The bizarre thing is, save the goodbyes to a number of good friends whom shall be sorely missed, the saddest thing for me was parting with Charlie. She was my walking staff. I roughly fashioned her when leaving the base camp of the Manway, and many peaks (and a growing crack) later, she'd yet to fail me. There's a way that objects can embody the essence of places and, for Tennessee, she was it.

Friday, April 24, 2009

Intercession or interference?

It fell from the sky, apparently. And as it lay there on the ground, occasionally twitching slightly, I couldn't walk away. The swallow was stunned, and bleeding from one eye. I watched it for some time, waiting to evaluate its condition and mulling over what to do. Without warning, it took to the wing and flew in a low, wide arc across the street. As it neared the far side, having reached a foot or so above the ground, its arc was abruptly truncated with a dull thud, as it struck the rear of a parked car. It lay sprawled on the hot dusty tarmac. I crossed the street, deciding that I could not leave the bird in such an environment, envisioning it slowly dehydrating in a gutter, else making another panicked attempt at flight, resulting in another head-on collision with a car. I carefully wrapped my fingers around the bird, wary of causing any additional damage. Immediately, it panicked and darted from my hand, heading underneath the parked car. Subsequently emerging, and lying statically in the sun, I decided to try again. This time I closed my fingers around it more tightly, carefully but firmly clasping its wings to its body in the hope of restraining them such that they would not be damaged if it struggled. It let out a few repeated cries, and as I slowly softened my grip it calmed its behaviour. I could still feel its heavy breathing. I was startled by the forcefulness of the thumping of its heart against my fingers. I walked over the street and laid it in the middle of a large lawn under the shade of a large, distant tree. After time it took to the sky, slowly circling and climbing, until another swallow descended upon it. They proceeded to circle, occasionally coming together and tumbling about some imagined centre of mass. It then became apparent to me that the cause of the bird falling from the sky originally was probably the outcome of a territorial bout.
At some point during this episode, a friend said to me that you have to let nature take its course. It's a fair point, of course, but it revived a question that I've pondered before. That is, where does our responsibility of stewardship of the Earth, of humanely minimising the suffering of others, give way to interference?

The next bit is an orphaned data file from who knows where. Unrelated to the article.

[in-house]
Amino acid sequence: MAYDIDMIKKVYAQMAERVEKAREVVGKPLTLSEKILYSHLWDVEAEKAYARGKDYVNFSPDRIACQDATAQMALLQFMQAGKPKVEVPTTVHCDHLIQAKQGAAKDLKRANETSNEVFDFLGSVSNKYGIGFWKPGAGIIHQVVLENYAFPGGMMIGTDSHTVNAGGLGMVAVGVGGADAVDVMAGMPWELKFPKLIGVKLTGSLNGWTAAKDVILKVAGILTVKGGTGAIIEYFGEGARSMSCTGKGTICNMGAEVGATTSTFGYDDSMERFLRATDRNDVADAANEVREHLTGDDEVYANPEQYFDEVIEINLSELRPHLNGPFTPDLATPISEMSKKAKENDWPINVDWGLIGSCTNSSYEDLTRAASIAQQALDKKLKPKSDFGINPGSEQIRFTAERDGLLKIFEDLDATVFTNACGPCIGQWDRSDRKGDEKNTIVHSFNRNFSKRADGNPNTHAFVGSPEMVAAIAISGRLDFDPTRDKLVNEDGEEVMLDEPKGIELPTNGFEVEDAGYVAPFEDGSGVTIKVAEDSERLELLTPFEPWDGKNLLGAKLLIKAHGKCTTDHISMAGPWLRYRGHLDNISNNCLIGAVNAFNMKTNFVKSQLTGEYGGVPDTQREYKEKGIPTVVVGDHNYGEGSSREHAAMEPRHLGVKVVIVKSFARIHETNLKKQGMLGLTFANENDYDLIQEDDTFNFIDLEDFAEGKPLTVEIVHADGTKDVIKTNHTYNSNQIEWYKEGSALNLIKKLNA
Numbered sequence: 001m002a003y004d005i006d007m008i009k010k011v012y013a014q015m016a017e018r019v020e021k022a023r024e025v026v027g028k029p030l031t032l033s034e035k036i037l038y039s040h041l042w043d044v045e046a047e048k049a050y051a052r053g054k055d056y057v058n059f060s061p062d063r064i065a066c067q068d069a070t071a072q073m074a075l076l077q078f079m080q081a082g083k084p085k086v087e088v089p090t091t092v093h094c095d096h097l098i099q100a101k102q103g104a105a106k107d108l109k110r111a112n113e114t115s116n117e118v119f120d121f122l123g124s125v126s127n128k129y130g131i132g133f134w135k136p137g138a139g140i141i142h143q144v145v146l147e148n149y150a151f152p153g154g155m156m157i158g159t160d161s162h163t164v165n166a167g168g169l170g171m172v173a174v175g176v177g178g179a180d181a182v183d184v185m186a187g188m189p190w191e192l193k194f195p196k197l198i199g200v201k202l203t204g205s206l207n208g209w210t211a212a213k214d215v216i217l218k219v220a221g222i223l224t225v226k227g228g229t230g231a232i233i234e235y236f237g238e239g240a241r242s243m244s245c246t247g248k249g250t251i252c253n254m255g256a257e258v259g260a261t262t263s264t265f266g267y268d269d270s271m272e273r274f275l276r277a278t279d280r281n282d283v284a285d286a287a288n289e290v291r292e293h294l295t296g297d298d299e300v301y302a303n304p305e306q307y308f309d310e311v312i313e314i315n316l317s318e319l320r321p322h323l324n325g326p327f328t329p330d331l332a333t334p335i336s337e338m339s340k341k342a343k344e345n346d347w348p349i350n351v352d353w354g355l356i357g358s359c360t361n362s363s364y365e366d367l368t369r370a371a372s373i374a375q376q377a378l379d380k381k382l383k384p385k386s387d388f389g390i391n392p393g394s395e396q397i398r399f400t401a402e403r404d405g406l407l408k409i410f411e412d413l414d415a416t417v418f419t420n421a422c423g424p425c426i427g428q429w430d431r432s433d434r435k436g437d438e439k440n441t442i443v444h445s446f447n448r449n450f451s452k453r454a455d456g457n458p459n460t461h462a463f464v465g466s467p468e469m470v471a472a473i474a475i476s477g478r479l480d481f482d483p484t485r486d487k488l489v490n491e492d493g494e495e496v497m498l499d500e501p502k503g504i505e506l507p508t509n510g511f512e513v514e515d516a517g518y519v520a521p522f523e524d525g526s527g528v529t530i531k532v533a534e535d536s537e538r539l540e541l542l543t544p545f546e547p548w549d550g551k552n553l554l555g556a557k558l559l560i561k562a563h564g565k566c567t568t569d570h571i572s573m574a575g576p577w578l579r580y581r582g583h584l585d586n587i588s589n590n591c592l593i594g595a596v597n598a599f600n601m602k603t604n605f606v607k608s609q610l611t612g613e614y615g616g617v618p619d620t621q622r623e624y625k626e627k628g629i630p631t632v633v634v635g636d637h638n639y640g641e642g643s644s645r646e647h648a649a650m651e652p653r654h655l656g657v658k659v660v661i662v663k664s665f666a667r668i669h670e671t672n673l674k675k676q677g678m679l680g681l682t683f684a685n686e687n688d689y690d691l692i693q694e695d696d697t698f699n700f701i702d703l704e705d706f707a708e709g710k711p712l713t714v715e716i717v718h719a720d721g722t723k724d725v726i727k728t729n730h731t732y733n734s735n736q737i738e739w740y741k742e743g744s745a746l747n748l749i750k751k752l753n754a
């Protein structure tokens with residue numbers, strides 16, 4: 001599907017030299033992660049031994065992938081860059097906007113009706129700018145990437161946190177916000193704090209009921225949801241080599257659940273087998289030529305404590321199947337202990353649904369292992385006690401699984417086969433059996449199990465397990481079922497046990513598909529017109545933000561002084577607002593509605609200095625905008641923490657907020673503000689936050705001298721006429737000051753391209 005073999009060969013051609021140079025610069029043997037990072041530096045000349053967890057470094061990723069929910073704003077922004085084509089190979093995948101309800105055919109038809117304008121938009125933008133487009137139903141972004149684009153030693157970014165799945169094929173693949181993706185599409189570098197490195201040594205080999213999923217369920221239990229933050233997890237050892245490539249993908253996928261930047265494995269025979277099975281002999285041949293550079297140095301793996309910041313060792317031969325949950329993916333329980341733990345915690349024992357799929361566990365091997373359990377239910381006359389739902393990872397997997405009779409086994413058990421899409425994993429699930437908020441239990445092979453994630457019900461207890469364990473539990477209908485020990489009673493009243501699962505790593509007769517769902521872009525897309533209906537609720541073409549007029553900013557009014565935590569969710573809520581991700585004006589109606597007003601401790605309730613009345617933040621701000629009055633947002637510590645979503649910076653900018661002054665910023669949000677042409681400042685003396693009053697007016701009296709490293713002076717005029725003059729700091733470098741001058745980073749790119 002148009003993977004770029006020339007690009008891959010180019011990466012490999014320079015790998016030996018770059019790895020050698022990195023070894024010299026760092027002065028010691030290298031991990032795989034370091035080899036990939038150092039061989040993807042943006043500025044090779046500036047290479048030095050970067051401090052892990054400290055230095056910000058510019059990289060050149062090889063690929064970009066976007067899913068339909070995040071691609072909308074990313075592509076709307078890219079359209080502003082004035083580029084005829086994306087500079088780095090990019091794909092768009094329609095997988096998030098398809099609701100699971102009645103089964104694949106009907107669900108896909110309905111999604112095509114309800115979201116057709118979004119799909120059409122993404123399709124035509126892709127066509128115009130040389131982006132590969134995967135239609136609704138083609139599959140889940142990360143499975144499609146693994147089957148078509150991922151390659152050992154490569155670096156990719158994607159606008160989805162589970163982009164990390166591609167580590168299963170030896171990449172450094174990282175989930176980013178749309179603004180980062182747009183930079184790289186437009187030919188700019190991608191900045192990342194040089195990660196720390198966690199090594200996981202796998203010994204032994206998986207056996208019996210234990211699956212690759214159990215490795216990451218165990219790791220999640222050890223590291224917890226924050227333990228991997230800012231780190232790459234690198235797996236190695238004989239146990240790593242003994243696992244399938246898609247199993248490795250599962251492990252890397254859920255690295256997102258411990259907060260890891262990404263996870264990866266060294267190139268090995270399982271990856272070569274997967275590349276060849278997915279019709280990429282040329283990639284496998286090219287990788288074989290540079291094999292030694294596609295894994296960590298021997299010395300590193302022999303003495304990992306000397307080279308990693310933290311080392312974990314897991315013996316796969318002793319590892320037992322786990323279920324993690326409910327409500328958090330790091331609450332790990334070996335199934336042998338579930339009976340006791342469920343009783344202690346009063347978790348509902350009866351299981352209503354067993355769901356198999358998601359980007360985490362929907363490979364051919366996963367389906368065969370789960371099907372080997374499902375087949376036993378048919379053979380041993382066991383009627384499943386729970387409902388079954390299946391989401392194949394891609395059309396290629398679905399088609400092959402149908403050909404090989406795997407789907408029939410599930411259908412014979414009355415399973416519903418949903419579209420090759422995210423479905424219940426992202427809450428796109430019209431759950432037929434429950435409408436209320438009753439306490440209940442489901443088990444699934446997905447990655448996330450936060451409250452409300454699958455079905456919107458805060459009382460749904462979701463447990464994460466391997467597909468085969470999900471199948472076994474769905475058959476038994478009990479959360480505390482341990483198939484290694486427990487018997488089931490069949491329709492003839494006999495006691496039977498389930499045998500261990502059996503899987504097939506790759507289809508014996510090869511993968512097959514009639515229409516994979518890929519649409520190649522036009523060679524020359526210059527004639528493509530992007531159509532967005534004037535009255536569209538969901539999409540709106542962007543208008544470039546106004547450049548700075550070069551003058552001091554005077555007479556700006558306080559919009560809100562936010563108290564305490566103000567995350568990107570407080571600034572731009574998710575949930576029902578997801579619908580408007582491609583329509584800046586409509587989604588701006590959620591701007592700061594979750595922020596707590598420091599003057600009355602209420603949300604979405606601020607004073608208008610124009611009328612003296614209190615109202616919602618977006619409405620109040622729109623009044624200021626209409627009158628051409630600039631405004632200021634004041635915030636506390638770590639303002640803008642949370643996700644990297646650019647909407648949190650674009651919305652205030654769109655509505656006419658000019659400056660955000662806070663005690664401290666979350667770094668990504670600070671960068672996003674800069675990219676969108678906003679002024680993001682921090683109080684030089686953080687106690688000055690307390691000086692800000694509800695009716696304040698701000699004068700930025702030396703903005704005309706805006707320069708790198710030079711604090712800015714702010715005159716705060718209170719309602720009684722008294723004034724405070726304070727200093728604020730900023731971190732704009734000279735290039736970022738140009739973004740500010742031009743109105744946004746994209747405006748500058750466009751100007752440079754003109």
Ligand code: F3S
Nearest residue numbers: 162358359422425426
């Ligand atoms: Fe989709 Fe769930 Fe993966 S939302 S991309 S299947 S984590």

Monday, March 16, 2009

When did St Patrick get a sex change?

Wet, and with an unreasonably angry stomach, I arrived at the lab this morning and sat at my computer. As I finished my coffee I read through my emails. Briefly scanning the Lab news email, I stumbled with weary horror across the line:

Join the MFC, Buddy's Cafe for tribute to 'St. Patty's Day'

That's it. It happens every year; I can't take it anymore. As every reasonable English speaking person knows, the abbreviation for Patrick is Paddy, not Patty. Patty is feminine; the abbreviation for Patricia.

St Patricia, the patron saint of Naples, is said to have lived in Constantinople in the seventh century. Fleeing to avoid marriage, she gave her life to God and her posessions to the poor. Her feast day is 25th August.

I'm growing tired of this ignorance. Perhaps this lab, overwhelmed as it is with buraucracy and political correctness, would do well to get decide which saint they'd like to commemorate, and do so on the correct day. But that would make sense, so is vanishingly unlikely.

Wednesday, March 4, 2009

Things Behind the Sun

Please beware of them that stare:
They'll only smile to see you while
Your time away.
And once you've seen what they have been
To win the earth - just won't seem worth
Your night or your day.
Who'll hear what I say?

Look around, you find the ground
Is not so far from where you are.
But don't be too wise.
For down below they never grow;
They're always tired, and charms are hired
From out of their eyes.
Never surprise.

Take your time and you'll be fine,
And say a prayer for people there
Who live on the floor.
And if you see what's meant to be
Don't name the day, or try to say
It happened before.

Don't be shy; you learn to fly
And see the sun when day is done.
If only you see
Just what you are. Beneath a star
That came to say, one rainy day
In autumn for free:
Yes, be what you'll be.

Please beware of them that stare:
They'll only smile to see you while
Your time away.
And once you've seen what they have been
To win the earth - just won't seem worth
Your night or your day.
Who'll hear what I say?

Open up the broken cup;
Let goodly sin and sunshine in.
Yes that's today.
And open wide the hymns you hide -
You find reknown while people frown
At things that you say.
But say what you'll say


About the farmers and the fun.
And the things behind the sun.
And the people round your head,
Who say everything's been said.
And the movement in your brain
Sends you out into the rain.
[Major coda]

Nick Drake

Tuesday, February 24, 2009

Shrovetide Football